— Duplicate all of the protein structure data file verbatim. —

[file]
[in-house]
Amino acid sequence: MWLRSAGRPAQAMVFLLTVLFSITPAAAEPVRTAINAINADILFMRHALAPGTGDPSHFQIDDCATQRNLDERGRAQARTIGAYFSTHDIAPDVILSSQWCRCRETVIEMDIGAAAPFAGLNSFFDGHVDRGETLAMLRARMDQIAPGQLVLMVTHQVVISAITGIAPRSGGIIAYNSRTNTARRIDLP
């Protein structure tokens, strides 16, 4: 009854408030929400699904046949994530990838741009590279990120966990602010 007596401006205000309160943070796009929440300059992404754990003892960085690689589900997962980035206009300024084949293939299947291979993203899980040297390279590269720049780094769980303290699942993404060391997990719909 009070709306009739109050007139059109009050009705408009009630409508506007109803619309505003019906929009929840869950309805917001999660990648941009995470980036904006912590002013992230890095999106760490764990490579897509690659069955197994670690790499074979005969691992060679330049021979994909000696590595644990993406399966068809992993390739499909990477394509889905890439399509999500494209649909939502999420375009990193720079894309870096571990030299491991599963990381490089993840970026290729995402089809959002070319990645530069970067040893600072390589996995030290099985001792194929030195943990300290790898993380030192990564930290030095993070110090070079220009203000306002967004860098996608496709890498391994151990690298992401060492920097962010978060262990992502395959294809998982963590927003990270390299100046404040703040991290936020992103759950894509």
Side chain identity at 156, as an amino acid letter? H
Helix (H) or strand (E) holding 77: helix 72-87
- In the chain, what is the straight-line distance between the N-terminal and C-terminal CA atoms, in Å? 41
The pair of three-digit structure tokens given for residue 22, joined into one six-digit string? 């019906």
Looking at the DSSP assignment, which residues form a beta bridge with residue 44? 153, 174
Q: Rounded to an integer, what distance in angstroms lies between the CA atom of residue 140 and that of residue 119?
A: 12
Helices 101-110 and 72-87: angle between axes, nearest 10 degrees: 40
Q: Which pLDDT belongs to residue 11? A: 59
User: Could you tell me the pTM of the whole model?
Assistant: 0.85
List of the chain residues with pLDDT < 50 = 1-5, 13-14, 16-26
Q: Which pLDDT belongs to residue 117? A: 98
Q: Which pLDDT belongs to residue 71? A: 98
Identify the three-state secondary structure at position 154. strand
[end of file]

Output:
[in-house]
Amino acid sequence: MWLRSAGRPAQAMVFLLTVLFSITPAAAEPVRTAINAINADILFMRHALAPGTGDPSHFQIDDCATQRNLDERGRAQARTIGAYFSTHDIAPDVILSSQWCRCRETVIEMDIGAAAPFAGLNSFFDGHVDRGETLAMLRARMDQIAPGQLVLMVTHQVVISAITGIAPRSGGIIAYNSRTNTARRIDLP
């Protein structure tokens, strides 16, 4: 009854408030929400699904046949994530990838741009590279990120966990602010 007596401006205000309160943070796009929440300059992404754990003892960085690689589900997962980035206009300024084949293939299947291979993203899980040297390279590269720049780094769980303290699942993404060391997990719909 009070709306009739109050007139059109009050009705408009009630409508506007109803619309505003019906929009929840869950309805917001999660990648941009995470980036904006912590002013992230890095999106760490764990490579897509690659069955197994670690790499074979005969691992060679330049021979994909000696590595644990993406399966068809992993390739499909990477394509889905890439399509999500494209649909939502999420375009990193720079894309870096571990030299491991599963990381490089993840970026290729995402089809959002070319990645530069970067040893600072390589996995030290099985001792194929030195943990300290790898993380030192990564930290030095993070110090070079220009203000306002967004860098996608496709890498391994151990690298992401060492920097962010978060262990992502395959294809998982963590927003990270390299100046404040703040991290936020992103759950894509």
Side chain identity at 156, as an amino acid letter? H
Helix (H) or strand (E) holding 77: helix 72-87
- In the chain, what is the straight-line distance between the N-terminal and C-terminal CA atoms, in Å? 41
The pair of three-digit structure tokens given for residue 22, joined into one six-digit string? 């019906």
Looking at the DSSP assignment, which residues form a beta bridge with residue 44? 153, 174
Q: Rounded to an integer, what distance in angstroms lies between the CA atom of residue 140 and that of residue 119?
A: 12
Helices 101-110 and 72-87: angle between axes, nearest 10 degrees: 40
Q: Which pLDDT belongs to residue 11? A: 59
User: Could you tell me the pTM of the whole model?
Assistant: 0.85
List of the chain residues with pLDDT < 50 = 1-5, 13-14, 16-26
Q: Which pLDDT belongs to residue 117? A: 98
Q: Which pLDDT belongs to residue 71? A: 98
Identify the three-state secondary structure at position 154. strand